Did the City of Baltimore’s multi-million dollar settlement with the family of Freddie Gray — a Baltimore man who died in police custody in April — just destroy six accused cops’ chances at a fair trial?
Some legal experts think so.
Gray’s death a week after being injured in police custody caused large-scale rioting in the city. Now, Baltimore Mayor Stephanie Rawlings-Blake announced the city’s was settling all civil claims with Gray’s family for $6.4 million.
The only problem? Making the announcement on the cusp of the officers’ trials sends the message that they’re guilty before a jury gets a chance to decide the matter.
Defense attorneys have asked for a change of venue, citing pre-trial publicity and concern that the officers will not receive fair trials if they are tried in Baltimore.
The settlement is expected to be approved Wednesday by the Baltimore Board of Estimates, a body that reviews city payments. The settlement appears to be among the largest settlements in police death cases in recent years, and was reached before the Gray family actually filed a lawsuit.
“Damages would have been paid if the city went to trial and they’re willing to settle it. But they tell us it’s by no way an admission of fault by the police officers,” said David Harris, a law professor at the University of Pittsburgh. “There’s no doubt that this will figure in to the hearing for change of venue. If I was an attorney for a defendant I’d be revising my motion right now to say the settlement was made to persuade the jury pool that the officers did something wrong.”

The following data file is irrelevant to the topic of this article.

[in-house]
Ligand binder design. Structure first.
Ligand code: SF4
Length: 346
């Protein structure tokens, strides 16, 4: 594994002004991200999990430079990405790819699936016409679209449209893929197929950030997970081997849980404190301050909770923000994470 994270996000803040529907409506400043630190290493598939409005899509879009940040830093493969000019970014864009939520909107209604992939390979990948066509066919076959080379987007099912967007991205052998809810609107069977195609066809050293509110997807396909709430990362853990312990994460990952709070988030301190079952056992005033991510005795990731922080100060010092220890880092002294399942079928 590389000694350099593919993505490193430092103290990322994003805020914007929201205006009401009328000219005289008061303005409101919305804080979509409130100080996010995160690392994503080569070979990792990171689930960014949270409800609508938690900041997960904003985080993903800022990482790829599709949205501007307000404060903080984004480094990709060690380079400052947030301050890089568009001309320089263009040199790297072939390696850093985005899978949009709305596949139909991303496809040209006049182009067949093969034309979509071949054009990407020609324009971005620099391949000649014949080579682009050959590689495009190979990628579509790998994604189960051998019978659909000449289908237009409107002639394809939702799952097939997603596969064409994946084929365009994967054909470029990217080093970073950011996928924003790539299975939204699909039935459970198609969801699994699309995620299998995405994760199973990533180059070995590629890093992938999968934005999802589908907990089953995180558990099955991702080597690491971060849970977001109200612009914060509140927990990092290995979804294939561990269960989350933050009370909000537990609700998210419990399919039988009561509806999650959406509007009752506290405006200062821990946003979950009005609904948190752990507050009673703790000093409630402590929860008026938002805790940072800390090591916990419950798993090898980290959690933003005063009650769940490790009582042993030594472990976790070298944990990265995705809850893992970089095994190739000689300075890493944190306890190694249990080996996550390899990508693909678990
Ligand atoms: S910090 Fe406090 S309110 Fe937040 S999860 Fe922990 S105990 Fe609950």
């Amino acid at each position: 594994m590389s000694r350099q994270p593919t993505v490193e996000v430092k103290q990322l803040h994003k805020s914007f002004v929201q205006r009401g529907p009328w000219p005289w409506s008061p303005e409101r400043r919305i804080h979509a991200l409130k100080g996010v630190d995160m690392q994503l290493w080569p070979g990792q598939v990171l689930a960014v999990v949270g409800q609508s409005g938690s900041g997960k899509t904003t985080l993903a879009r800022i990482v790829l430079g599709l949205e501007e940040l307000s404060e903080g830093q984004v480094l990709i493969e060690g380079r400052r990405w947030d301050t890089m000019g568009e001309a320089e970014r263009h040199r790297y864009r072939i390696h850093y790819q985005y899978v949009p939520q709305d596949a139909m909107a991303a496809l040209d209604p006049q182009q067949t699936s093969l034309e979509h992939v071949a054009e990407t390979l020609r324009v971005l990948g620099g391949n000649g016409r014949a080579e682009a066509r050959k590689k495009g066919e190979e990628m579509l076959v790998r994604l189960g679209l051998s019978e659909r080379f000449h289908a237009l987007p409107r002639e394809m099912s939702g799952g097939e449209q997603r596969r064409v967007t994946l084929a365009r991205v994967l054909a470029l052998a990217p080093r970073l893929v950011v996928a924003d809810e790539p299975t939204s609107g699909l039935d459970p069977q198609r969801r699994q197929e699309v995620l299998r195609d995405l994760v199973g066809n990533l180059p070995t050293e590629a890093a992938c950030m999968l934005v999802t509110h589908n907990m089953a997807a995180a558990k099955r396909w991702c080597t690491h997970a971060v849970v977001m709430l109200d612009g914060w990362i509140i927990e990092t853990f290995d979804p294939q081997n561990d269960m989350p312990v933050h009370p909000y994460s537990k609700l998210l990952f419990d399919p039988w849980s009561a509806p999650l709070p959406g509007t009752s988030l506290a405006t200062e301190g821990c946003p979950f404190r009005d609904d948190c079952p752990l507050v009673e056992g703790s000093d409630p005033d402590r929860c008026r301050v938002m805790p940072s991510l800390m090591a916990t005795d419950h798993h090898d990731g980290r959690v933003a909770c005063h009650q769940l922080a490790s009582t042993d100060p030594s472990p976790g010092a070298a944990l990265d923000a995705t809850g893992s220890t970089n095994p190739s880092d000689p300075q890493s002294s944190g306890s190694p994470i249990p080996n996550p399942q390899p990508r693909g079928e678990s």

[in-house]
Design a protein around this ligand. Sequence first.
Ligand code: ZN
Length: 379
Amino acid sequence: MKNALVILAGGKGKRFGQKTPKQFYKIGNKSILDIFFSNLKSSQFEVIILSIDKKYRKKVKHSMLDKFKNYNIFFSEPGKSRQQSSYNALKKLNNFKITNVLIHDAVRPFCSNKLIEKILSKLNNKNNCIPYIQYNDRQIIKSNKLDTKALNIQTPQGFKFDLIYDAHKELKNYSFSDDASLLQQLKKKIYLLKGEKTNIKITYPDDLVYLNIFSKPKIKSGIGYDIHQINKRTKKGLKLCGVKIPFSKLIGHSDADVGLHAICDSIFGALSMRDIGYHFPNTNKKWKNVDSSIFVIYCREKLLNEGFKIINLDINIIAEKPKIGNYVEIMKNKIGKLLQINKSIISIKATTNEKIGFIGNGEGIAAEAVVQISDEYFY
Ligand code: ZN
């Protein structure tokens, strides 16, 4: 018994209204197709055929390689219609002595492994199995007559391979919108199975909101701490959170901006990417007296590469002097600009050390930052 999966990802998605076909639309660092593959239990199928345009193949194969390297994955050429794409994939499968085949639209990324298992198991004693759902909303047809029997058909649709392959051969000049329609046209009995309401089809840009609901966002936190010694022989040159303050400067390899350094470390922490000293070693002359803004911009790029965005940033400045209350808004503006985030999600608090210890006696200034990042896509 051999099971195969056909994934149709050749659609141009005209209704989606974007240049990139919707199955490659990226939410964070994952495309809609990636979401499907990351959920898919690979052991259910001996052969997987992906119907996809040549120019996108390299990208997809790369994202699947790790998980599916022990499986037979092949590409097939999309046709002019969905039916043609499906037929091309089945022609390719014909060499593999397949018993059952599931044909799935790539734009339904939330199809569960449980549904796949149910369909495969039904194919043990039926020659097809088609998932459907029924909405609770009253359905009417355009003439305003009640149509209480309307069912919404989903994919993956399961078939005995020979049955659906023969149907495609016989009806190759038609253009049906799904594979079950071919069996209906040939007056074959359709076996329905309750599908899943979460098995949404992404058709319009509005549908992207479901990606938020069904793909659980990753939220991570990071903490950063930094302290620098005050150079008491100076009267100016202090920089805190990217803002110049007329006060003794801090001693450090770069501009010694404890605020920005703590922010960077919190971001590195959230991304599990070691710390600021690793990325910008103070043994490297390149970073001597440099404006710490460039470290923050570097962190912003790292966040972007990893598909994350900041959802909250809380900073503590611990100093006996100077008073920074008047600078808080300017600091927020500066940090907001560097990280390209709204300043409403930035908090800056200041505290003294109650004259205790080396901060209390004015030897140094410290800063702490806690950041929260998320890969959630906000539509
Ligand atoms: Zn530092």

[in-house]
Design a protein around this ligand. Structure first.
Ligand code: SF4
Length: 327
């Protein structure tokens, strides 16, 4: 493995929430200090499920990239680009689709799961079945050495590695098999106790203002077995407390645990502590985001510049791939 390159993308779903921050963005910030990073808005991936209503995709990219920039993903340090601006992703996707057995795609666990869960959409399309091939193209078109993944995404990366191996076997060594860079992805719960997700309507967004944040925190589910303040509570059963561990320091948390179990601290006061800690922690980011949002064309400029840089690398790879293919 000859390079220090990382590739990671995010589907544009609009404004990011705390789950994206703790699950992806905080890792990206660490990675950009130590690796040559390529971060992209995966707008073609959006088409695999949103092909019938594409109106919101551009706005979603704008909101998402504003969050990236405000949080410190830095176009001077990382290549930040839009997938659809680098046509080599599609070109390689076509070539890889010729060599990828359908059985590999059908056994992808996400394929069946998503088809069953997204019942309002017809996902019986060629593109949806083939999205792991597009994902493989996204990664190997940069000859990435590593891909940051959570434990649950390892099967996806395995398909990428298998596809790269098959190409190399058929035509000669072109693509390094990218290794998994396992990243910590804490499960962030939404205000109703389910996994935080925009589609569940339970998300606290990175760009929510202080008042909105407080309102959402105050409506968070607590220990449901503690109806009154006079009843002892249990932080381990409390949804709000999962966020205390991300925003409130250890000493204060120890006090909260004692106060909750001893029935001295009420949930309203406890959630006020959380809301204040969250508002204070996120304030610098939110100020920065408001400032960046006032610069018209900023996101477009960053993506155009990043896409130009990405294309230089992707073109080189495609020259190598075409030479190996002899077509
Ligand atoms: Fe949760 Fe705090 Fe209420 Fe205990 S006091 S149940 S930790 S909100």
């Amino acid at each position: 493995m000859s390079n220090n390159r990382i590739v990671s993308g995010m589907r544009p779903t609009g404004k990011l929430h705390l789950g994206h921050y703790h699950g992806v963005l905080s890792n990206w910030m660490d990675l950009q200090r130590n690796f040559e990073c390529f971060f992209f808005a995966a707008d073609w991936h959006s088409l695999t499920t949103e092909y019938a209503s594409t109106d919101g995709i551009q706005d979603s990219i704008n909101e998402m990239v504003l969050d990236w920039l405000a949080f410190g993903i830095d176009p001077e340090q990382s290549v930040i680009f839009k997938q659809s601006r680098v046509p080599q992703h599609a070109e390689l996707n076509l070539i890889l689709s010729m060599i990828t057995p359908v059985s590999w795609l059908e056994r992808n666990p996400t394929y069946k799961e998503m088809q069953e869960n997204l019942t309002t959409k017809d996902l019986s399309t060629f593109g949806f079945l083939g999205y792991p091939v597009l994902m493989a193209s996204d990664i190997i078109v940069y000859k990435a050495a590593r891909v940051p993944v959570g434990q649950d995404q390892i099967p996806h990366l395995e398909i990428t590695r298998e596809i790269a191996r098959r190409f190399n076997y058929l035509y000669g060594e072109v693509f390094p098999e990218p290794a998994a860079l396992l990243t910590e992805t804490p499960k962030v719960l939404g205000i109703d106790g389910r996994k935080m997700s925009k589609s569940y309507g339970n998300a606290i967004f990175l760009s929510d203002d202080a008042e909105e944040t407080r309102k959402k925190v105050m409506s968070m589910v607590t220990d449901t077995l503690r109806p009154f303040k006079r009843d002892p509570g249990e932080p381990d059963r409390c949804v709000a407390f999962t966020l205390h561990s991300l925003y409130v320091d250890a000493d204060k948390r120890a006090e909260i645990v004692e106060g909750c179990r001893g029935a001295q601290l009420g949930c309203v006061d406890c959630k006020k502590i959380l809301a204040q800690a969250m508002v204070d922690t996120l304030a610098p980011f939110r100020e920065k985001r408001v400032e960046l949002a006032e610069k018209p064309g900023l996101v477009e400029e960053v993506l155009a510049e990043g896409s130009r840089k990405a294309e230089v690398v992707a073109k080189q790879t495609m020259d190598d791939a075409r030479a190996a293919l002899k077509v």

In July, New York City settled for $5.9 million with the family of Eric Garner, an unarmed black man who died after being put in a white police officer’s chokehold. The city of Chicago settled in 2001 a wrongful death lawsuit by the family of LaTanya Haggerty, a black woman who was shot to death by a police officer who thought her cellphone was a weapon, for $18 million.
But Eugene O’Donnell, a professor at John Jay College of Criminal Justice, said such settlements are damaging for communities and self-serving for governments. By paying off family members, O’Donnell said, cities can prevent real scrutiny of political and social ills that allowed misconduct to occur.
“It’s all too easy to take public money and hand it over to people and say, ‘Well, this is a big aberrational mistake and we’re going to make it good,’ and it generally absolves the policymakers and the people in power of responsibility, when in fact the mistakes are systemic and reflective of a lack of leadership,” he said.
The head of Baltimore’s police union condemned the agreement.
“To suggest that there is any reason to settle prior to the adjudication of the pending criminal cases is obscene and without regard to the fiduciary responsibility owed to the taxpaying citizens of the city,” Lt. Gene Ryan said in a statement.
All six officers, including Edward Nero and Garrett Miller, are charged with second-degree assault, misconduct in office and reckless endangerment. Lt. Brian Rice, Sgt. Alicia White and Officer William Porter also face a manslaughter charge, while Officer Caesar Goodson faces the most serious charge of all: second-degree “depraved-heart” murder.
The Associated Press contributed to this article